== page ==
Additionally, the average turnover of stock, mostly by institutional investors, is huge. For NYSE listings it was 130% in 2008 and 250% in 2009, meaning the average stock was bought and sold 2 ½ times in 2009. Owning Intel 30 times in 10 years isn’t really being what I’d call a long-term owner. Most of us hold our stocks longer.
We’re usually in for the long term but since we generally only hold a small portion of the stock in any one company, we lack the economic incentive to buy expert advice or spend the time ourselves analyzing complicated proxy issues like shareowner proposals, board elections, executive compensation, mergers etc.
Until recently, being an actively involved shareowner was impractical for most of us but just like social media sites like Facebook are bringing people together, several new internet sites are making proxy advice obtainable for free. Here are six sites worth exploring:
- Corpgov.net is my blog. For over 15 years I’ve discussed major trends and started a few, such as the move to allow shareowners access to the proxy to place their board nominees on corporate ballots.
- CalPERS-governance.org outlines the corporate governance program of CalPERS. You can “vote your proxies with CalPERS” by seeing how CalPERS voted and copying their vote.
- ProxyDemocracy.org aggregates, displays and automatically e-mails to subscribers proxy votes announced in advance by respected activist funds like CalPERS, CalSTRS, Calvert, CBIS, Domini, Florida SBA, AFSCME, Trillium and others. Using ProxyDemocracy.org, you can copy the voting behavior of these trusted “brands.” You can use that information to help you decide whose votes to copy and which mutual funds to buy.Because of the breath and depth of the activists funds it follows, you’ll almost always be able to see how at least some funds are voting. The site also rates funds on how they vote on issues involving: director elections, executive compensation, corporate governance and, corporate impact.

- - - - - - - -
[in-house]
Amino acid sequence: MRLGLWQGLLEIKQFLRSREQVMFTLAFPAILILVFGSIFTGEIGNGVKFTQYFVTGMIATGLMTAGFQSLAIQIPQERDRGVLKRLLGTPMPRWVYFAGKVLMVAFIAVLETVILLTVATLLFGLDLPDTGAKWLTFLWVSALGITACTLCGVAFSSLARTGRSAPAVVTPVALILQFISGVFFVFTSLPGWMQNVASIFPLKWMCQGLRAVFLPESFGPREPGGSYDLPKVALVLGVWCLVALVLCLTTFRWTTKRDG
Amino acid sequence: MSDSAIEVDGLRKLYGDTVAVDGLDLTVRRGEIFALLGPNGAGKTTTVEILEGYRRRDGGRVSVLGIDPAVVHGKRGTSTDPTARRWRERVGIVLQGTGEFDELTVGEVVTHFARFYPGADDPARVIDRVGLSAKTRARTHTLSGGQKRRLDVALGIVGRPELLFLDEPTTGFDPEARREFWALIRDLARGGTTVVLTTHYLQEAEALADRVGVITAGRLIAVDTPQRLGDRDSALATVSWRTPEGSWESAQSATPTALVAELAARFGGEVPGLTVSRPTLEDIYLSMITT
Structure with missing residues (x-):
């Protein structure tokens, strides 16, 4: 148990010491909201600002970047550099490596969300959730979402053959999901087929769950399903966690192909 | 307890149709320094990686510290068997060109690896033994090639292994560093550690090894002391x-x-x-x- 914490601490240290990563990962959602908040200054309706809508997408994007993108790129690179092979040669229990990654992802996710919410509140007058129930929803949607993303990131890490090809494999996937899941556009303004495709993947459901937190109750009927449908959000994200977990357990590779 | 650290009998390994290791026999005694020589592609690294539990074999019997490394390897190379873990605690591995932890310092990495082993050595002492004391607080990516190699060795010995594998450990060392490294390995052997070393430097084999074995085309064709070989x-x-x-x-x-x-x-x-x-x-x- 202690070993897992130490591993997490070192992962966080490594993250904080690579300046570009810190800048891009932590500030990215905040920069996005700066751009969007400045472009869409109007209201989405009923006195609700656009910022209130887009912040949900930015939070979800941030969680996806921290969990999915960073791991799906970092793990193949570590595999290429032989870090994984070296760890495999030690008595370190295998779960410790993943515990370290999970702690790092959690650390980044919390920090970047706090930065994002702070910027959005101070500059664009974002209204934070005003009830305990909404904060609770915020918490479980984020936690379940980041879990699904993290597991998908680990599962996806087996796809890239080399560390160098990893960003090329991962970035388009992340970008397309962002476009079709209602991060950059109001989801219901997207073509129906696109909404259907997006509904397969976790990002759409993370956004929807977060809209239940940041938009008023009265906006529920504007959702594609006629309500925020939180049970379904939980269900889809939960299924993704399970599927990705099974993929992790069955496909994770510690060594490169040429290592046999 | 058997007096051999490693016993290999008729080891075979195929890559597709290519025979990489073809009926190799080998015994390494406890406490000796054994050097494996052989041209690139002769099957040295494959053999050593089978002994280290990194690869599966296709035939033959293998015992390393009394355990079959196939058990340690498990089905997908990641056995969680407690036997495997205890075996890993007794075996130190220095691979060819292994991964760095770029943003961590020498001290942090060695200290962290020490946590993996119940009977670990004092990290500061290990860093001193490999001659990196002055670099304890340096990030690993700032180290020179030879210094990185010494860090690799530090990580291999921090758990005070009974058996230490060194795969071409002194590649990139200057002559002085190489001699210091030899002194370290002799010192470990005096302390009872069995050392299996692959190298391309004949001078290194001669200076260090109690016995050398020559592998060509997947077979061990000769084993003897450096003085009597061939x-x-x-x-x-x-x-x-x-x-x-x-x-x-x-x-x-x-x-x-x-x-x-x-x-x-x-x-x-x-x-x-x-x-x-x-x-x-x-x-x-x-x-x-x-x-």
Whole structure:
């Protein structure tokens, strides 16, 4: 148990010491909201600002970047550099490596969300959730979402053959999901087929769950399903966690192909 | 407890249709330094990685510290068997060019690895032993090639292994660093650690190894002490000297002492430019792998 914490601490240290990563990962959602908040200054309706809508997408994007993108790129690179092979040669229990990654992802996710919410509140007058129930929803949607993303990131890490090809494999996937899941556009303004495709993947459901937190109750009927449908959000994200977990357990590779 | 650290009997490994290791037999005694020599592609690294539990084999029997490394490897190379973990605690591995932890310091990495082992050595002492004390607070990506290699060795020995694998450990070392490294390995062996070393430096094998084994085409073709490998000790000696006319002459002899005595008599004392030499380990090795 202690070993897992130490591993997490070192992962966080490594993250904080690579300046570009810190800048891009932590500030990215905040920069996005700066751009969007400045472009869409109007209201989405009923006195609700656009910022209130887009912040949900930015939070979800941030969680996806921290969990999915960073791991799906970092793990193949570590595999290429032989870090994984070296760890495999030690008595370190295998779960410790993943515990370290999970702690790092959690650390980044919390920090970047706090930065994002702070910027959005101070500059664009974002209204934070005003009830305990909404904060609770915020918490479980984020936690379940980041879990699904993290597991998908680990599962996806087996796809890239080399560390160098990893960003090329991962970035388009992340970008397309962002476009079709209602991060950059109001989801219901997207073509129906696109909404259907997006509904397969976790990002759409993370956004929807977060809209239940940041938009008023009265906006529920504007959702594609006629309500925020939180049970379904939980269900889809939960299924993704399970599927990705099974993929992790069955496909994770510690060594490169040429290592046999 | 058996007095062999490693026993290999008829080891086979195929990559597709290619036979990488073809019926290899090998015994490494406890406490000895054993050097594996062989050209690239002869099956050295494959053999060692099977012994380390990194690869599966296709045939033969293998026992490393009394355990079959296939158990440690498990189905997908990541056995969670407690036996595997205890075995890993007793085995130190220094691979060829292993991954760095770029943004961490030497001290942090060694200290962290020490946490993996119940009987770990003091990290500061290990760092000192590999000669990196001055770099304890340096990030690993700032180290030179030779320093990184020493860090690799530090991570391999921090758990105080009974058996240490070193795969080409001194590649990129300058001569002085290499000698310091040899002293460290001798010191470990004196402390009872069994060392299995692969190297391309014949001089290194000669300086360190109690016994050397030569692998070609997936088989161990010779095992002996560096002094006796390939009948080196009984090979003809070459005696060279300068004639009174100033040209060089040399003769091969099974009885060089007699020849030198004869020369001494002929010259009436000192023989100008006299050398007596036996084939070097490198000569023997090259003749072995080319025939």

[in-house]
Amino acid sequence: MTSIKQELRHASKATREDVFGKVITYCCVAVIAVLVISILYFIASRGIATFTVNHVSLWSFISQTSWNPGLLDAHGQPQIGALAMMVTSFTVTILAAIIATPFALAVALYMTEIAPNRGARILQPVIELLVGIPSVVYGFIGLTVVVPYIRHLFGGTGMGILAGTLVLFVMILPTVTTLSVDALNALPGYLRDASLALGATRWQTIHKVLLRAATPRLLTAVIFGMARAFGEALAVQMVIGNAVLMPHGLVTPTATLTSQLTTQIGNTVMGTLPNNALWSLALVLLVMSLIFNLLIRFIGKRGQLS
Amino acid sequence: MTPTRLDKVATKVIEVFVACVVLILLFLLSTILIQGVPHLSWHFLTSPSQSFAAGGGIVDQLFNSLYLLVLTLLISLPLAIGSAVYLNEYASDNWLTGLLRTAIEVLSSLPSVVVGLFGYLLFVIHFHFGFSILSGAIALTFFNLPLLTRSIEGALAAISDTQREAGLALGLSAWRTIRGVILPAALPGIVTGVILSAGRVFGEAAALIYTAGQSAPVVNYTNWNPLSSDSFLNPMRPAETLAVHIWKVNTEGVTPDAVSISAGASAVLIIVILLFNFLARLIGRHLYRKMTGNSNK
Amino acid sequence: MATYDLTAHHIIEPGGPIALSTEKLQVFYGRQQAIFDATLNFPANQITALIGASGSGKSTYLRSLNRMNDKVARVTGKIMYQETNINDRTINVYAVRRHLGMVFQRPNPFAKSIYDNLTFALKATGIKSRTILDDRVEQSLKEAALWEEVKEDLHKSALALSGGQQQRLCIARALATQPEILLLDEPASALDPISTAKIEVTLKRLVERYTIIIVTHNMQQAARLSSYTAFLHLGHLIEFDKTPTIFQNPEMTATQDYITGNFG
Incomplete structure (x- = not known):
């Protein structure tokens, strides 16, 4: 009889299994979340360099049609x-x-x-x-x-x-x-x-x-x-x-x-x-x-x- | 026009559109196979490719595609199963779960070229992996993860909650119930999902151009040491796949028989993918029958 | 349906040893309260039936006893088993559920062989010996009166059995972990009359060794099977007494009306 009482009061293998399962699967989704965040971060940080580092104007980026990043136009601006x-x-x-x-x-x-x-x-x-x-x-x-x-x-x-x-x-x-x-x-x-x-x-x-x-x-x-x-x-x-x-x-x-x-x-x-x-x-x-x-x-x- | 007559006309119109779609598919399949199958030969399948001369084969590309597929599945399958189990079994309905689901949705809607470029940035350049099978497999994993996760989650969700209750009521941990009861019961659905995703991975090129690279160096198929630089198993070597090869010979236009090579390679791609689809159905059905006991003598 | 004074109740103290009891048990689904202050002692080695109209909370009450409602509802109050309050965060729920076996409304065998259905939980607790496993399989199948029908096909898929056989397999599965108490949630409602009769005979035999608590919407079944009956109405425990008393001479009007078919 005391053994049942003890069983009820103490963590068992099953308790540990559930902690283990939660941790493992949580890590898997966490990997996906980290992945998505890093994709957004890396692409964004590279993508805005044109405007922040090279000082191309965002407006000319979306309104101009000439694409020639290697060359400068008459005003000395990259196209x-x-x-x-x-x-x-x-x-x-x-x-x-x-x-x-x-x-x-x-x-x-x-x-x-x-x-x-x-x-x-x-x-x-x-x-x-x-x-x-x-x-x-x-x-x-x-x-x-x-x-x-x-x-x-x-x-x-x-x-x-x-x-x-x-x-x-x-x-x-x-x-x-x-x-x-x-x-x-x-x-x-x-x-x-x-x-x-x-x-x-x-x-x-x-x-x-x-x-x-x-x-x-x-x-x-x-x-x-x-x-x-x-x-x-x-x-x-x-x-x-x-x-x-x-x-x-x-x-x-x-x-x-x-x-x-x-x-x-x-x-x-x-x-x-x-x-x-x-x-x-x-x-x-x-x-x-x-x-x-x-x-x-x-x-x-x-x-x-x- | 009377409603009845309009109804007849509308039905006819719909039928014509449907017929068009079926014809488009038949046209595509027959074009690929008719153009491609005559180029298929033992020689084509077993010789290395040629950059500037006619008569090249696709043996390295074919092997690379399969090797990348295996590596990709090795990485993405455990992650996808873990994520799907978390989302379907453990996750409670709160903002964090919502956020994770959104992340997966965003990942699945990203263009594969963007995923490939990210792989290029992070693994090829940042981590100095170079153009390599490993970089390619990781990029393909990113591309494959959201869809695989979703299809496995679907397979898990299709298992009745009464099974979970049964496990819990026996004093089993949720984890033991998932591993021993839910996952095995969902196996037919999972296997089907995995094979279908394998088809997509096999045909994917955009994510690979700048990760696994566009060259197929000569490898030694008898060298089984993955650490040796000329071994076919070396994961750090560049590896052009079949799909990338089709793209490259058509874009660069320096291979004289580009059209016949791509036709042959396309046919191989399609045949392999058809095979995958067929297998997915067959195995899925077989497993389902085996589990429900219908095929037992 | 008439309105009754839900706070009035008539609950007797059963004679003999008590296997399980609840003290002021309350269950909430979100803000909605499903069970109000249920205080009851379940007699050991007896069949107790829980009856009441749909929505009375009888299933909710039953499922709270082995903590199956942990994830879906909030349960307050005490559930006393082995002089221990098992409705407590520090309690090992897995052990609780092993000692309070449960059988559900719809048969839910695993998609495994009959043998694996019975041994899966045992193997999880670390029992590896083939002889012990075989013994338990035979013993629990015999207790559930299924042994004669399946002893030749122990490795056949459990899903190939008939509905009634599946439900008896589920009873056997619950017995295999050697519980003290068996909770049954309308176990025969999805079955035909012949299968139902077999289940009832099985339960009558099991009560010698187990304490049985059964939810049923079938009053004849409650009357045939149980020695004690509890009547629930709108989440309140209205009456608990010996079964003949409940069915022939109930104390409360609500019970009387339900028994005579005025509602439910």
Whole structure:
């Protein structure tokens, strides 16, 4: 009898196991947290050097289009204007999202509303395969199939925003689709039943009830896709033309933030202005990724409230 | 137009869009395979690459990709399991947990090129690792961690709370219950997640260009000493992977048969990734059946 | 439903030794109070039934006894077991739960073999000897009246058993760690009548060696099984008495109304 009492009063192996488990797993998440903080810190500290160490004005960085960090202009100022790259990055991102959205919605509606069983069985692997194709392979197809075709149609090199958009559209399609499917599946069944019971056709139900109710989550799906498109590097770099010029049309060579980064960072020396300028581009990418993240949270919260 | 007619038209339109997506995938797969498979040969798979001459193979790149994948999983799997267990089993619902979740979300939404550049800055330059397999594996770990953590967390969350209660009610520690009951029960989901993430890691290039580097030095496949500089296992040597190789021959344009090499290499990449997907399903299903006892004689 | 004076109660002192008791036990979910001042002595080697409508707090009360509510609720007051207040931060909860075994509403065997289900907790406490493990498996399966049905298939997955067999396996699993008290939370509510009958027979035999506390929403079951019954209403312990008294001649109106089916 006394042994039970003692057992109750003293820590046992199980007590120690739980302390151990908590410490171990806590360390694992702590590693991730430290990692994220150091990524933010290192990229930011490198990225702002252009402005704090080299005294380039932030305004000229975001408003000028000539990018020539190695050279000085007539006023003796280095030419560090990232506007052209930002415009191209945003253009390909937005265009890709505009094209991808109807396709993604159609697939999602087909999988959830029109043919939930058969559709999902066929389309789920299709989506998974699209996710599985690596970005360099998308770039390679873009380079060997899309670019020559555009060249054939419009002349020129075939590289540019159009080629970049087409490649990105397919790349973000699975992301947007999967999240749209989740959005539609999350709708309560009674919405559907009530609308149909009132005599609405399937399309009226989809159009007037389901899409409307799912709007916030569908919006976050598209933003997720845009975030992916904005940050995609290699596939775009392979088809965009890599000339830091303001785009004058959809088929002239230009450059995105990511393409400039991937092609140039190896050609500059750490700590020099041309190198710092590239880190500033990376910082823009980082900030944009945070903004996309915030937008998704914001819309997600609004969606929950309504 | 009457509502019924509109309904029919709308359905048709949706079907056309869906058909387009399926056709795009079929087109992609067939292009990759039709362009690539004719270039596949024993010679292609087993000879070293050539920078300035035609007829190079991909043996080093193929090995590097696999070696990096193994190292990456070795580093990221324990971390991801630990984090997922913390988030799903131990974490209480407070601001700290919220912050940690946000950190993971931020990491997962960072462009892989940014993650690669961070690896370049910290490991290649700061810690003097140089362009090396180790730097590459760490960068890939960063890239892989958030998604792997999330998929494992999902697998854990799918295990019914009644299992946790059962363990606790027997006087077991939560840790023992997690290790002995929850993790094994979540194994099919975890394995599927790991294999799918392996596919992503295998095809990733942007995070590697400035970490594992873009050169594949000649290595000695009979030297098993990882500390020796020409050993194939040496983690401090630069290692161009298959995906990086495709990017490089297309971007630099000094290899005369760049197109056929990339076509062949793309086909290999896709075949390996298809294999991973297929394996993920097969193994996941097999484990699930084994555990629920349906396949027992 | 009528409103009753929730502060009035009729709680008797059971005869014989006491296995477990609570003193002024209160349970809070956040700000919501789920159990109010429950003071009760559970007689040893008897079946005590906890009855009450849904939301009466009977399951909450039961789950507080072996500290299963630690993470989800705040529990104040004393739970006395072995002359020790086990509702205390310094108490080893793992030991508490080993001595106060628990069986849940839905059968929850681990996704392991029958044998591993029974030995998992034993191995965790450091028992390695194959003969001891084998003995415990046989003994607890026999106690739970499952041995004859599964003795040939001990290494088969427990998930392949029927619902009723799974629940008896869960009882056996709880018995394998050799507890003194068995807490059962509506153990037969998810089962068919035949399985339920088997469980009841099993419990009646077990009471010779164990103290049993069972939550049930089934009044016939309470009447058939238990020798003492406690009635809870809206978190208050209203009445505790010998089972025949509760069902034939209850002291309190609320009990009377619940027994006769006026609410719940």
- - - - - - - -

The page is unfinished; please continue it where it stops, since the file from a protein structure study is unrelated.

- Moxyvote.com has dozens of “advisors,” mostly socially responsible mutual funds, unions, environmental and public interests groups who take a stand on various proxy issues. At Moxy Vote you can actually get voting advice and vote on the same site, using the pin number you get from your broker. Easier yet, you can also have your broker deliver your proxies directly to Moxy Vote. If you choose that route, you can even set up voting defaults based on the recommendations of your chosen advocates. That way if you don’t vote your proxy or override your defaults, the system will automatically vote with your advocates. Unfortunately, many of the advisors on Moxy Vote are focused narrowly and hold few stocks. They won’t give you advice on every stock you hold or on every issue at the companies where advocates have taken positions.
- Shareowners.org is an advocacy site aimed at lobbying Congress on various issues. Advice on voting at specific companies is limited but like Facebook, it is a great place to share announcements and commentaries with others.
- The United States Proxy Exchange (proxyexchange.org or USPX), like Shareowners.org, is an advocacy site. However, USPX not only involves members in lobbying efforts, it also involves them in analyzing and developing policies. Want to learn how to file resolutions? Present resolutions at local companies? Put your expert skills to good use? USPX provides training and multiple points of entry to baby-boomers and young people alike who would like to see their ideals put into action.